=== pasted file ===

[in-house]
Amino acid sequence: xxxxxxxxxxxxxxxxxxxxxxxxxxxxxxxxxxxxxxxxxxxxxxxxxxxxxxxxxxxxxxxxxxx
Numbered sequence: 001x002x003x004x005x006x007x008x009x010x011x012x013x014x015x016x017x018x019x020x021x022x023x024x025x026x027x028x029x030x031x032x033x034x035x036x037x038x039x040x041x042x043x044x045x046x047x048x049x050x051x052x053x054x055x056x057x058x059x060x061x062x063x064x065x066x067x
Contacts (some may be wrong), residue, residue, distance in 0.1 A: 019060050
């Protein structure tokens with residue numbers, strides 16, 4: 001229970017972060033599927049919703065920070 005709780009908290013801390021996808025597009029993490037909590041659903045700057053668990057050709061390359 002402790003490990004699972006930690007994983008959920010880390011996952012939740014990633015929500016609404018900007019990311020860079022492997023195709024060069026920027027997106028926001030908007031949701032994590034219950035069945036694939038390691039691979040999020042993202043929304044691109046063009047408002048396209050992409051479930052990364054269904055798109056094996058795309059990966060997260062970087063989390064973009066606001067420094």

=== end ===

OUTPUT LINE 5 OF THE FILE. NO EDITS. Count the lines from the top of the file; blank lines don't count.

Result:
């Protein structure tokens with residue numbers, strides 16, 4: 001229970017972060033599927049919703065920070 005709780009908290013801390021996808025597009029993490037909590041659903045700057053668990057050709061390359 002402790003490990004699972006930690007994983008959920010880390011996952012939740014990633015929500016609404018900007019990311020860079022492997023195709024060069026920027027997106028926001030908007031949701032994590034219950035069945036694939038390691039691979040999020042993202043929304044691109046063009047408002048396209050992409051479930052990364054269904055798109056094996058795309059990966060997260062970087063989390064973009066606001067420094």